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Voices of Spencer Creek



The Sunnyside of Spencer Butte: A Look at the Demographic Future

This never was first class farming country

By Lois Barton

Posted on Feb 3, 2004

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"Walt's Place," a painting by Susan Applegate


The other day I drove down the back road to visit a friend who lives about six miles away. The winding road passes through a former farming community which has largely grown up to trees.

We've lived in this neighborhood for fifty years. When we came here much of the area had open fields only recently abandoned as active farm land. A few such fields were still cultivated or mowed for hay. Farm animals such as cattle, sheep and chickens dotted much of the landscape.

I passed two working farms along the road in that six miles. Most of the former open fields have grown up to trees, mostly Douglas fir, but also several varieties of deciduous trees. Several new paved roads take off into the woods on either side of the eighty-year-old route I traveled.

Through the trees there are glimpses of big, fancy upscale new residences, almost a shocking addition to this rolling foothill country where water is in short supply and wells have to go down several hundred feet. One wonders about the dependability of an underground water table in the expanded use represented by all these new homes.

It hasn't been many years since black bears were occasionally sighted in wooded areas. A cougar kill was discovered in the back pasture of our hundred acre ranch only recently abandoned by a cattle operation. Deer and wild turkeys are numerous.

Maybe fifteen years ago one of the first "bedroom community" developments here included homes with decks providing a view to the Cascade Mountains. Residents often brought windfall fruit from town in the fall to attract deer to their lawns where they could watch them. The deer, sensing their welcome, soon felt free to come up on those decks to forage potted flowers and strawberry barrels.

These new homes are largely built for and occupied by professional people who work in town. We old timers have developed a neighborhood telephone tree, in part as a fire defense network. It is basically useless through week days because there is no one home in at least 90% of the homes.

My reaction as I observed all the new developments was to recognize this local evidence of the impact of population growth. Scientists and ecologists warn us that our planet can support only so many people. The world population increases dramatically as the years go by. When will we recognize that we've reached a limit? What is happening in this community is not seriously problematic yet. Fire danger in wooded areas far from water and trained fire crews has been tragically demonstrated this year in Arizona and Colorado.

These people are in no way self-sufficient food wise, and probably in service areas as well. This never was first class farming country, having heavy clay soils, no irrigation potential. The demographic pattern of change is worth pondering. Poor farm families who usually had some cash income from other employment are being replaced by well paid professional people who have no economic dependence on the land.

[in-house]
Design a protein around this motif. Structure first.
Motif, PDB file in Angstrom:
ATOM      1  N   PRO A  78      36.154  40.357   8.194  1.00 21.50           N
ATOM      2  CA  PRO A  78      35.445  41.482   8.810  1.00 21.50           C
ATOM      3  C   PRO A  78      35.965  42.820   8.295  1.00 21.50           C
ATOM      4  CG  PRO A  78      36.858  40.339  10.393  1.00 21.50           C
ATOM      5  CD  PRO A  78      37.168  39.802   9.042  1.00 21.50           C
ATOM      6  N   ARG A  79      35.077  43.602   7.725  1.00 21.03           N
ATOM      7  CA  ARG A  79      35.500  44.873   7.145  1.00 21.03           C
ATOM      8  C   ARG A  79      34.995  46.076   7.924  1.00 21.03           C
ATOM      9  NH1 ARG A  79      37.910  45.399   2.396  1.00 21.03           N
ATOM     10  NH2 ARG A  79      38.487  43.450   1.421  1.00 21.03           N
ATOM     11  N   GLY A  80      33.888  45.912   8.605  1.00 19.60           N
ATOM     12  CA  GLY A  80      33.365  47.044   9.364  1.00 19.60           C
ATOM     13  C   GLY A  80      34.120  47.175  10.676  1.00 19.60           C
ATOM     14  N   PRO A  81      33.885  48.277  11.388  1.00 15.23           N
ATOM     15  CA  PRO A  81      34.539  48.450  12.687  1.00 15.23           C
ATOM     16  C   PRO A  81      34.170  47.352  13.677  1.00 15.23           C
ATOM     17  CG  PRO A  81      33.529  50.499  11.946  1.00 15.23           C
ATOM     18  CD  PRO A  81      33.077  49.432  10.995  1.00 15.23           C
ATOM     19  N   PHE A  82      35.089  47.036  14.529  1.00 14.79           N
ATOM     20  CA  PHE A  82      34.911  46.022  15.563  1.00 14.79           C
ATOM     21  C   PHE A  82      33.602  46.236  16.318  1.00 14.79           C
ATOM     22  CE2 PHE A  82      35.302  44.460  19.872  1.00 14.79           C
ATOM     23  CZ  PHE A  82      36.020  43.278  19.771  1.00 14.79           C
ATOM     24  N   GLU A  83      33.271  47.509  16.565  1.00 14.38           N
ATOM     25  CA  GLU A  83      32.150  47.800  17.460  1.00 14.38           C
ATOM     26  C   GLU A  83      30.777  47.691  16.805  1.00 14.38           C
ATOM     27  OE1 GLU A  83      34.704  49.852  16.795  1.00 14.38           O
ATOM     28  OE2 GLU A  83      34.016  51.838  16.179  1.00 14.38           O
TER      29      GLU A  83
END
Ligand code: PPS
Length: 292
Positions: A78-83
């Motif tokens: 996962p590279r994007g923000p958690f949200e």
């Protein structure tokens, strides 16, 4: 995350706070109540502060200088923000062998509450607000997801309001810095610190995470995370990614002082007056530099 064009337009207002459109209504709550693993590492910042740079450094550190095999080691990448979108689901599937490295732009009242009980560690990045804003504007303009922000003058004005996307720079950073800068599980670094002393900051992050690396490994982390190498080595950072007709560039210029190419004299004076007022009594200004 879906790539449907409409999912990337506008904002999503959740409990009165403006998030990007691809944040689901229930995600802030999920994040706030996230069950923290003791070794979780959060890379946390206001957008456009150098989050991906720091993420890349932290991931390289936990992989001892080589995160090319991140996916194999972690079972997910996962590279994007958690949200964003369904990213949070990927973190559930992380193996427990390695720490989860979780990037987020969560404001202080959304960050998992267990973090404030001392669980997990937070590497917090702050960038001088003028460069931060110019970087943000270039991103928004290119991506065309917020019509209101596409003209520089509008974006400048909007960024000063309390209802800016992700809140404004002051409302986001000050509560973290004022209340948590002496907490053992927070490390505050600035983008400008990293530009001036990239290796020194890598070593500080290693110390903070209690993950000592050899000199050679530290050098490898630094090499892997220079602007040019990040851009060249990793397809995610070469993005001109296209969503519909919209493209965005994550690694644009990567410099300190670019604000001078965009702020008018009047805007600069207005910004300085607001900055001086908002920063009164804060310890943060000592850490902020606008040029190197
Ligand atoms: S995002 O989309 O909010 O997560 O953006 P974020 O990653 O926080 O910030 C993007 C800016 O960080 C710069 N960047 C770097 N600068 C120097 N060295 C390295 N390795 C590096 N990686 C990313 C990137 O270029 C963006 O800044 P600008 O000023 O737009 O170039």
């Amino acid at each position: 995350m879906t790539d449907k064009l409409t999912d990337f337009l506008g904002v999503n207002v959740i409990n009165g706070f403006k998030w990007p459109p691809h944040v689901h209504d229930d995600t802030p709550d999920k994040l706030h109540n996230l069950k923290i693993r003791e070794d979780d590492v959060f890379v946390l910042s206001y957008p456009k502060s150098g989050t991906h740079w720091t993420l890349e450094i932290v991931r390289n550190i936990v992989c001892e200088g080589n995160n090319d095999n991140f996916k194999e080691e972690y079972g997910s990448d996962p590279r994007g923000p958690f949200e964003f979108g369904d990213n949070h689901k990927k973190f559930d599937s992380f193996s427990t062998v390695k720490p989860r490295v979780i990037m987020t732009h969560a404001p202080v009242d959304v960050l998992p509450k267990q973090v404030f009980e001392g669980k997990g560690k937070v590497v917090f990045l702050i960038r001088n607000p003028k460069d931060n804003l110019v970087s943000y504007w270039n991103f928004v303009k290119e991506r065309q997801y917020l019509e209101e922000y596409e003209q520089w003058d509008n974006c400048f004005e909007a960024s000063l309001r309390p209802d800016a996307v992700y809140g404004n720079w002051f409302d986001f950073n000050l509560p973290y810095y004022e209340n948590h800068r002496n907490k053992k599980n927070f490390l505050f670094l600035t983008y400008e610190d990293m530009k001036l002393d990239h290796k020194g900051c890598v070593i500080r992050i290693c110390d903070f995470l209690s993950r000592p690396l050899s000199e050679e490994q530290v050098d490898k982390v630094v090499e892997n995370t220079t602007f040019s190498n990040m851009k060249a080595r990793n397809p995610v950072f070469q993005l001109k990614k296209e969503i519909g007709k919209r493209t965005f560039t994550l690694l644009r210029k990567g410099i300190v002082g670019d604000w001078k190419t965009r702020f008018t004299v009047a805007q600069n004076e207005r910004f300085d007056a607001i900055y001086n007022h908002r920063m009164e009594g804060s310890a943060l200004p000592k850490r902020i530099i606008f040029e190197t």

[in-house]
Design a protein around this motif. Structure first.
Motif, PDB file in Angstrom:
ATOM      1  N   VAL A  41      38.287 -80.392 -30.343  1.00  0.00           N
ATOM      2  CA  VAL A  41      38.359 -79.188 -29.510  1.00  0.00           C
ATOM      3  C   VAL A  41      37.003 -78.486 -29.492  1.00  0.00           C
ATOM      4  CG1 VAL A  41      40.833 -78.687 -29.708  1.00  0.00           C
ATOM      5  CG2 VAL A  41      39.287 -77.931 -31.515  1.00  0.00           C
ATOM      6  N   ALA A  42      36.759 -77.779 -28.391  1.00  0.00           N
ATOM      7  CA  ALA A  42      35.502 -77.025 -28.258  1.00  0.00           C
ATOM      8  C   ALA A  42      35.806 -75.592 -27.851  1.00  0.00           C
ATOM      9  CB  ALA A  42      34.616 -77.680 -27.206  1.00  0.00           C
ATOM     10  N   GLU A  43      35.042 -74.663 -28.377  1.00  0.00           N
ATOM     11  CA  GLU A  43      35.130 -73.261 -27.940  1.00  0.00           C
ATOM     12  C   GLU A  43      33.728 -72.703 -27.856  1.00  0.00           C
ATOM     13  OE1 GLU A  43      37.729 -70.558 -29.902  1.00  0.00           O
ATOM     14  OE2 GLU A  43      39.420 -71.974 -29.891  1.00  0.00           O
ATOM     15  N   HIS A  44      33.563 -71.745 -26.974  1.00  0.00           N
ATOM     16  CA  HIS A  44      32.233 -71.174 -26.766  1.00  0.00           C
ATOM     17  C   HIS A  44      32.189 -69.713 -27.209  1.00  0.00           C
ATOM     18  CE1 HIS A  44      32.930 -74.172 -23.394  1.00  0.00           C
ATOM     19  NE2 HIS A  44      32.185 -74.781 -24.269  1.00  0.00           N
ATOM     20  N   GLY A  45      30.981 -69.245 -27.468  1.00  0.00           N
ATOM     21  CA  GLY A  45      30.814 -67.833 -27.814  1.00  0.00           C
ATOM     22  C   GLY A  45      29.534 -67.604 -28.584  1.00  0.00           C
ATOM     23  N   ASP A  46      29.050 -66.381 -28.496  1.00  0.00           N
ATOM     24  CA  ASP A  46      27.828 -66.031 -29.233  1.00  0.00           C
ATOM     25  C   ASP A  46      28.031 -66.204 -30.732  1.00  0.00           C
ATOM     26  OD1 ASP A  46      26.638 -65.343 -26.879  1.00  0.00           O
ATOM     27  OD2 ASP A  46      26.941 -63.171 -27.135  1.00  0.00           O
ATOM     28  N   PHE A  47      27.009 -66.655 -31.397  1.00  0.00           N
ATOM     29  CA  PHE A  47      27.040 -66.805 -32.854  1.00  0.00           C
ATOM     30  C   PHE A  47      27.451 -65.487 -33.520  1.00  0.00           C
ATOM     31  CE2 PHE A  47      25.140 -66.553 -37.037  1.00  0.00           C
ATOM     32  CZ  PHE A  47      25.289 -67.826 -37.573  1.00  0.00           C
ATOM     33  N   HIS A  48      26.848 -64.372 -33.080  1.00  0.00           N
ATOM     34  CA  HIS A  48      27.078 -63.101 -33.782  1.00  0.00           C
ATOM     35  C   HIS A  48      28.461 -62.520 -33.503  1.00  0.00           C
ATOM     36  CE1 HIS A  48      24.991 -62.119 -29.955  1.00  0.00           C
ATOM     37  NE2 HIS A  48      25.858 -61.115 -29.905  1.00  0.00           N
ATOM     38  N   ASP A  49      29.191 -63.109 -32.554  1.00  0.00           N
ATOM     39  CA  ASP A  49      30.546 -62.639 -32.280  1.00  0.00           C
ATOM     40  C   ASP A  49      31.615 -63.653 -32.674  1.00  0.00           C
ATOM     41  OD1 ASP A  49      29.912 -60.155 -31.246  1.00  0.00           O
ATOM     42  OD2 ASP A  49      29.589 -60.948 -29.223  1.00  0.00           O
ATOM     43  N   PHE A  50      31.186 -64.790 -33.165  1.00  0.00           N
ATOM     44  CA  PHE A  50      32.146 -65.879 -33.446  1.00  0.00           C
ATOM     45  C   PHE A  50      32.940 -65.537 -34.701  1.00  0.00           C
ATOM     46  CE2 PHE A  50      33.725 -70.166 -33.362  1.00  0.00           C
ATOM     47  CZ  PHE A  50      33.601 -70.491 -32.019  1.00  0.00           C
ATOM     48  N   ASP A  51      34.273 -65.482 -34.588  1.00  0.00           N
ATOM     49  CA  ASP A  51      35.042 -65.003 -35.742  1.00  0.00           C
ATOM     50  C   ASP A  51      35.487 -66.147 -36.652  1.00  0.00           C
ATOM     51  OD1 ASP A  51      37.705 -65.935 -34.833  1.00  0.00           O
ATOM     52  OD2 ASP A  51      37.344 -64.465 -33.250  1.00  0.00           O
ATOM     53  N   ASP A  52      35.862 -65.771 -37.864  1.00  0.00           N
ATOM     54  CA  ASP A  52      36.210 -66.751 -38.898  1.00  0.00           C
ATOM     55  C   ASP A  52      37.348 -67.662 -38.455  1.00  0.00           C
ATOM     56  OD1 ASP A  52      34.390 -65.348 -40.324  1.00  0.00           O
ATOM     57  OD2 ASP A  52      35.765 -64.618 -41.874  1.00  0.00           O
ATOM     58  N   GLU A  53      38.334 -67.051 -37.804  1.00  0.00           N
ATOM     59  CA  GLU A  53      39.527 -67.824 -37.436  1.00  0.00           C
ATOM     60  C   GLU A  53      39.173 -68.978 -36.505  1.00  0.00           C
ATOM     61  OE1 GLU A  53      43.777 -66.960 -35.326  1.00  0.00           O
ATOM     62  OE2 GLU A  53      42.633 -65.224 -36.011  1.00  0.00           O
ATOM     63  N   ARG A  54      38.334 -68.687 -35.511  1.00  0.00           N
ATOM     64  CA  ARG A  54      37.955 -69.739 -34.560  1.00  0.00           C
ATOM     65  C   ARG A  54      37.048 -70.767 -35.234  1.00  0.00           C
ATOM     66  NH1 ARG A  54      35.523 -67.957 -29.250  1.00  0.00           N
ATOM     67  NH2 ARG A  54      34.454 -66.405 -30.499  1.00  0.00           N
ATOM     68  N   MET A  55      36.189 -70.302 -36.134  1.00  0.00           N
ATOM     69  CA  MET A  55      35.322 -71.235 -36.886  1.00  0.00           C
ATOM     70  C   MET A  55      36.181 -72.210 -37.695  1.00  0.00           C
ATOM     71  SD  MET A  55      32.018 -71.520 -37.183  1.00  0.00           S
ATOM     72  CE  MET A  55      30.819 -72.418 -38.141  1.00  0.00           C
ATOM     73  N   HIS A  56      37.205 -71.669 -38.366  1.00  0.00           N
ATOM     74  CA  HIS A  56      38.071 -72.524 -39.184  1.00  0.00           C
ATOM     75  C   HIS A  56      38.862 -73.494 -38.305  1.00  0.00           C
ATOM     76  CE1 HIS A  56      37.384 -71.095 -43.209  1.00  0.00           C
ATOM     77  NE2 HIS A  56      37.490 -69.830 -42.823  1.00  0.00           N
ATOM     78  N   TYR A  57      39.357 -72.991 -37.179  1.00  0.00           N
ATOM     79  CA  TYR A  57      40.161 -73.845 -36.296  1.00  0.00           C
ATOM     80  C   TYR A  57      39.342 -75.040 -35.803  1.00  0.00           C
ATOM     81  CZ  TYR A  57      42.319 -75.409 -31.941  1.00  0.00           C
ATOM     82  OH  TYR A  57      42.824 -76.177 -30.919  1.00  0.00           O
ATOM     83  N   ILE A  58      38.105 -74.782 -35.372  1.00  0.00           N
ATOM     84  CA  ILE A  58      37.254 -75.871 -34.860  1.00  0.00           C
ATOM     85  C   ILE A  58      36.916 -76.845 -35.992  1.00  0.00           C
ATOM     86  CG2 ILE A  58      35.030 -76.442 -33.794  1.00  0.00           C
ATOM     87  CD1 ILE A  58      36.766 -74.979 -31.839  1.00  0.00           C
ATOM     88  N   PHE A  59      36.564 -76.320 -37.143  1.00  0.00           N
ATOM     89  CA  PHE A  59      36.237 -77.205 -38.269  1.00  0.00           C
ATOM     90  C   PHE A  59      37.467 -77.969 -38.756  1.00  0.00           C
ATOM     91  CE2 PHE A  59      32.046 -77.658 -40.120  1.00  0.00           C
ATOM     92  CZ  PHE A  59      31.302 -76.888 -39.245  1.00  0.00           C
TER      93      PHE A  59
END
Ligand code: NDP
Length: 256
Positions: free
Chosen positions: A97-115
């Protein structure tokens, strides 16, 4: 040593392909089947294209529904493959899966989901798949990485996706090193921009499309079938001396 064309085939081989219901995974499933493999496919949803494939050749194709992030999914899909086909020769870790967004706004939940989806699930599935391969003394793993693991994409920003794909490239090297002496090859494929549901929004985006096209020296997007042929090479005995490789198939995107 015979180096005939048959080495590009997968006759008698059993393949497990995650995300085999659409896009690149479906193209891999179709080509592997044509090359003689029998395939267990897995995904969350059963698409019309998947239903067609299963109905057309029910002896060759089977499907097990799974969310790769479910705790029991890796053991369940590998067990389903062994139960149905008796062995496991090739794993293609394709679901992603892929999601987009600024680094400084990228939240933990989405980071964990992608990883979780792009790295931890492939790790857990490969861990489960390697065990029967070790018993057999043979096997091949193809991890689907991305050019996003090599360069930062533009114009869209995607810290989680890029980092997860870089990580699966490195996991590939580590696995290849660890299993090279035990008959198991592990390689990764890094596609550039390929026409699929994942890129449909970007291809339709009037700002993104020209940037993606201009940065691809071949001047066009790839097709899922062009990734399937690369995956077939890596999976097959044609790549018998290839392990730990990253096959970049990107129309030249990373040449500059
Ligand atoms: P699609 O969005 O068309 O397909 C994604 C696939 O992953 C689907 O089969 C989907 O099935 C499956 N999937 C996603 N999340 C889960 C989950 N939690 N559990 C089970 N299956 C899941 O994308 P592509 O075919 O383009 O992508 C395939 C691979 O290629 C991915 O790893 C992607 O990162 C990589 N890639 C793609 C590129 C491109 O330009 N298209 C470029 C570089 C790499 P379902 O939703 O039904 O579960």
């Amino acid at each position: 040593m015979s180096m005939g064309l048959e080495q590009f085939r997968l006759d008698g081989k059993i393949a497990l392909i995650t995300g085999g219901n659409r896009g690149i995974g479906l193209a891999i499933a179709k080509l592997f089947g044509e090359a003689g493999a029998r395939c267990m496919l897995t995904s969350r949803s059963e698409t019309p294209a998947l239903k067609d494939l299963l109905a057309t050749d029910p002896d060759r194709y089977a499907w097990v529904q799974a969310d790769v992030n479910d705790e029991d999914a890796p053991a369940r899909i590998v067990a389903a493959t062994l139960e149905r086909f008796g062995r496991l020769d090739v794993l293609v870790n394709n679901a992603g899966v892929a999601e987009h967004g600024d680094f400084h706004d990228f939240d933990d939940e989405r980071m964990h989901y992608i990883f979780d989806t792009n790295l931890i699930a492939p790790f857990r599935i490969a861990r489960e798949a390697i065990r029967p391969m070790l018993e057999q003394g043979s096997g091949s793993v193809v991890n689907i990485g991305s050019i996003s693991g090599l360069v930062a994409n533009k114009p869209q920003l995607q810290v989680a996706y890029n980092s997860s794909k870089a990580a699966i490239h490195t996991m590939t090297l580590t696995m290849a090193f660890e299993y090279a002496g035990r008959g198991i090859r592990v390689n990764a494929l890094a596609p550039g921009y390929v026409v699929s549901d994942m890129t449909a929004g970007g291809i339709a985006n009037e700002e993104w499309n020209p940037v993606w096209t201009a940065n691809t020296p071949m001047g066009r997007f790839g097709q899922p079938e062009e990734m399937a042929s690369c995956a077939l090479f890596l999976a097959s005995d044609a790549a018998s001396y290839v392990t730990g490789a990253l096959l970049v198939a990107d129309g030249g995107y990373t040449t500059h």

In other parts of the world the population increase often finds expression in rural areas by agricultural farmers being obliged to divide their acreage among their sons, with the result that none of them have enough to provide for their necessities.

What the future holds is still obscure. In another fifty years, two generations down the road, will the local economy and natural resources in Lane County, Oregon, support the present trend in this particular foothill area?

Copyright © 2004 by Lois Barton


Now Available on Compact Disk:



Stories from The Sunnyside of Spencer Butte



Three and a half years of years Lois Barton's stories–so you can read them without going online!


Lois Barton's Selected Works
Volume I, Chanticleer's Tales
Send $10, plus postage of $1.50

to
Barton

84889 Harry Taylor Rd.

Eugene, OR 97405







Writer and historian
Lois Barton
Lois Barton is an 85 year old mother of eight children. She has lived on the same rural acreage just south of Eugene, Oregon for more than 50 years. All their children learned to milk, to keep the woodboxes filled, to do their share of household and garden chores. Her first book, Spencer Butte Pioneers, was published in 1982 when her youngest started to school. Since then she wrote five other books: Daughter of the Soil, now out of print; One Woman's West; A Quaker Promise Kept; and Through My Window, autobiographical sketches, sequel to Daughter Of the Soil.



Through the years Lois has been a 4H leader, president of the neighborhood association, a precinct committee woman, election board clerk, editor of the Lane County Historian, and a life long Quaker. She spent a month in Southeast Asia in 1974 as a member of a church peace mission, after working for ten years as director of the Eugene Chapter of the World Without War Council.

Visit the Sunnyside of Spencer Butte Section in our new format for more of Lois' stories. See more of Lois Barton's articles in West By Northwest.org online magazine's archives:



Visit the Heron Rookery



Sauerkraut and All That

Charlotte's Overdose - Just who is Charlotte and what did she take?

The Midwife - The midnight call awoke an unusual midwife.

The Mystery of Fox Hollow - Fact and fiction meet in this story of the origins of Faith Rock.

Trees, Tame Trees and Squirrel.







© Copyright 2000-2004 by West By Northwest.org

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